Livestreamed service

1 John 4: 7-12
John 3:11-17

        Here we are, four Sundays into Lent, and I realize that almost every weekly theme and sermon title has required a disclaimer of sorts, a theological, cultural, or psychological asterisk that explains what the title does not mean.

        Therein lies a good part of the challenge of speaking about spiritual things—or anything, really: To frame the subject broadly and openly enough that the framing opens a door to new understandings and, at the same time, to frame it narrowly enough that listeners don’t get lost, bored, or, even worse, end up going down some very unpleasant rabbit holes.

        On top of all that, I can’t possibly know how you are feeling this morning—whether you’ve come straight from an argument with your  teenager and can’t stop thinking about it, whether you’ve had a terrible, horrible, no good, very bad week and don’t want to think about anything, whether you’re depressed to the point of despair about the state of the world, whether you woke up feeling excited, or whether you were tempted to stay in bed.

        Even when I speak with some of you during the week, even when I know some of what you’re dealing with in your life, I can’t know everything that’s going on with you, and I may have no clue as to where your mind and heart are this morning.

        What I do know is that these past two years of pandemic life have taken a toll on all of us. Another thing I know is that many of us have a fair amount of religious baggage, a certain resistance to God language or certain scripture passages, a basic discomfort with Jesus, or all of the above.

        And here’s a little secret: Even when I don’t know exactly what’s going on with you, and even when I’m fairly sure it has nothing directly to do with God or church or me, I’m pretty good at reading body language. I know how hard it can be to risk opening our world-weary hearts or our jaded minds, and sometimes I can get a sense of how open or closed a heart is from a facial expression or other body language.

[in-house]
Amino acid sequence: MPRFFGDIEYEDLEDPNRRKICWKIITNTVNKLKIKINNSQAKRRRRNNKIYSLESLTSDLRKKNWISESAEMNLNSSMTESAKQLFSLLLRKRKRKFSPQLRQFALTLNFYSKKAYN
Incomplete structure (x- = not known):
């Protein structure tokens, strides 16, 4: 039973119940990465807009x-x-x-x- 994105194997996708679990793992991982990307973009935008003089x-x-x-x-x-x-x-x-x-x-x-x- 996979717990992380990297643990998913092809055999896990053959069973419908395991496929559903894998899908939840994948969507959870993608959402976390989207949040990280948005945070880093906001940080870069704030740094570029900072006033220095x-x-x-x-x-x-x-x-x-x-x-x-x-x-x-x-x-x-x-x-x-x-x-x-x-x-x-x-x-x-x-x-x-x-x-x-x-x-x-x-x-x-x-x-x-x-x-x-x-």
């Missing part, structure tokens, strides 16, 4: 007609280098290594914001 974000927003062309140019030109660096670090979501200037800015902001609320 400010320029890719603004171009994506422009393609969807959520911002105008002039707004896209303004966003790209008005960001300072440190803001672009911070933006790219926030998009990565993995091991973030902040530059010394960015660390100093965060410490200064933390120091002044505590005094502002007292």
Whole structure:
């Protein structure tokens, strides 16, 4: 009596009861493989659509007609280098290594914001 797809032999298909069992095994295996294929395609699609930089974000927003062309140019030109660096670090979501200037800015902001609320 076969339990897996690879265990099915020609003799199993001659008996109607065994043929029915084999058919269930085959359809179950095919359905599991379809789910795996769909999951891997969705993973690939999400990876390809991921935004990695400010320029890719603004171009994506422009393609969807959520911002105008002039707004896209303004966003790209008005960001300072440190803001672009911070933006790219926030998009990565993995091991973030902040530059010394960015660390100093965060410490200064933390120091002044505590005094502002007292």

Sometimes it seems fairly clear to me that there will be no reaching some of you on a particular day, and when that happens I say another prayer of thanksgiving that whether or not you hear the good news doesn’t really have that much to do with me, because the Holy Spirit is at work within you—loving and healing, comforting and transforming, empowering and enlivening—no matter what I say or do.

        Sometimes it seems like the most important thing I can do is not get in the Spirit’s way. What I want to do is to help create a clear path, to help open all the doors and windows to your heart so that the Spirit can flow freely in and through you.

        So with that in mind, before I go any further, before your protective heart (or mine) has much of a chance to begin shutting down, I want to be very clear about the focus of our “Made for Love” theme this morning.

        Sure, I could spend the next few minutes reminding us all of what Jesus called the Greatest Commandment: That we were made to love God with all our heart, soul, mind, and strength and, furthermore, that we are made to love our neighbors as ourselves.

        We could consider some of the countless ways that countless neighbors need us to love them right now. I could tell you that Cornel West says we should “never forget that justice is what love looks like in public,” and then we could consider all the situations in our world—the world God so loves—that need a big dose of justice-love, and we could think about what our role is in delivering it.

        There’s nothing wrong with that. I surely believe all of that is both true and important.

        But this morning I want to talk about the another way in which we have been made for love: that God has also made us to receive love.

        In case some of you are thinking you’ve misheard me, I’m going to say that again:

        God has made us to receive love, to let ourselves be loved, to let Love have its way with us.

        [It’s interesting how some of the body language in this space changes a little bit when I say that a couple of times.]

        The poet William Blake put it this way, using the male-centric language of his day:

        Look on the rising sun: there God does live
        And gives his light, and gives his heat away.
        And flowers and trees and beasts and men receive